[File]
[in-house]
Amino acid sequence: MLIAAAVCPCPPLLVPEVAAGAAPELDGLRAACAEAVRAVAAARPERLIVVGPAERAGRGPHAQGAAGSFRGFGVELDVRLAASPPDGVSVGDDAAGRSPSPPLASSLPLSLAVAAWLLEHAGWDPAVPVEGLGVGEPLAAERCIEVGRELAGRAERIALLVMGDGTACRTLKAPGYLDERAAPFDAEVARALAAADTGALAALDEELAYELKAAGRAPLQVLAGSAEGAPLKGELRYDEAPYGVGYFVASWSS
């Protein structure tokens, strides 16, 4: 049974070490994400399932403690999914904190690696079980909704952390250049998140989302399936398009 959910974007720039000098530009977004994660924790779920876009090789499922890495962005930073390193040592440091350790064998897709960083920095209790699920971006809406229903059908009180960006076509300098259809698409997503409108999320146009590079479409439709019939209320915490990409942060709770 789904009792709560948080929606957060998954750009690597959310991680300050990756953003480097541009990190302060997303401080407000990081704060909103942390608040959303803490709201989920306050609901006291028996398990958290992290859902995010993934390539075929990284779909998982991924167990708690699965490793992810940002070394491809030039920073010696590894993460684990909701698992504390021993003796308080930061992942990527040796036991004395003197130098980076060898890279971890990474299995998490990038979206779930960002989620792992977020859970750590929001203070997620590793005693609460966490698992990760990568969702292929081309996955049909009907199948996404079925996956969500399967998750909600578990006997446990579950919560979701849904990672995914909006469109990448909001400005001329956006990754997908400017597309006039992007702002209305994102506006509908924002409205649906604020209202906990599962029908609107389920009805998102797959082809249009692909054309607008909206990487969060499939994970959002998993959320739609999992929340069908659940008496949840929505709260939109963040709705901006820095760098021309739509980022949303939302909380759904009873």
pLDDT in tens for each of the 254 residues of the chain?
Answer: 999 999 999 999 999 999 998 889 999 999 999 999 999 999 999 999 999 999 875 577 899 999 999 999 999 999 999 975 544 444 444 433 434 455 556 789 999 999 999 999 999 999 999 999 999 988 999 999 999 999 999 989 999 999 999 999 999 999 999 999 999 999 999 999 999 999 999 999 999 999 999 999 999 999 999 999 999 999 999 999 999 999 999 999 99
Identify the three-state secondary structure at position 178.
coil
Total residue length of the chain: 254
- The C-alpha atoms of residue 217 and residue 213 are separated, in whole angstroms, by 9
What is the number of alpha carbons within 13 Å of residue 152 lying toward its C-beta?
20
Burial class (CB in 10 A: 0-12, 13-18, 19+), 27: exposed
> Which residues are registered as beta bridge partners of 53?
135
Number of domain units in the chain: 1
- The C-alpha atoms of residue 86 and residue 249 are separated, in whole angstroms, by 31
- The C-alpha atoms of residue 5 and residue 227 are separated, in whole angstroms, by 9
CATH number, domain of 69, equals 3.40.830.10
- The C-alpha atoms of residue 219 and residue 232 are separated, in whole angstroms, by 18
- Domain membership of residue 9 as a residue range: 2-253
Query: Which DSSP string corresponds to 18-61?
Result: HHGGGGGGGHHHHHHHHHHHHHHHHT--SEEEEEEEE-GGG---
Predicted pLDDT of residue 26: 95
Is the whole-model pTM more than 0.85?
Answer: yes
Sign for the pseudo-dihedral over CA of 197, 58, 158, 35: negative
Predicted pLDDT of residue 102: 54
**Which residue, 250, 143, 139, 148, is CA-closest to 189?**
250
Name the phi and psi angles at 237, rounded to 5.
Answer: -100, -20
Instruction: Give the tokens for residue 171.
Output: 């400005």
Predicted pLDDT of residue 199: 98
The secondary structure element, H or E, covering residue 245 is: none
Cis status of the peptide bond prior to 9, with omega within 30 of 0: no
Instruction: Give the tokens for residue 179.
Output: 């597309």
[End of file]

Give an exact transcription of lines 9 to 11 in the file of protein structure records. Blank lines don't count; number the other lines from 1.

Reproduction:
- The C-alpha atoms of residue 217 and residue 213 are separated, in whole angstroms, by 9
What is the number of alpha carbons within 13 Å of residue 152 lying toward its C-beta?
20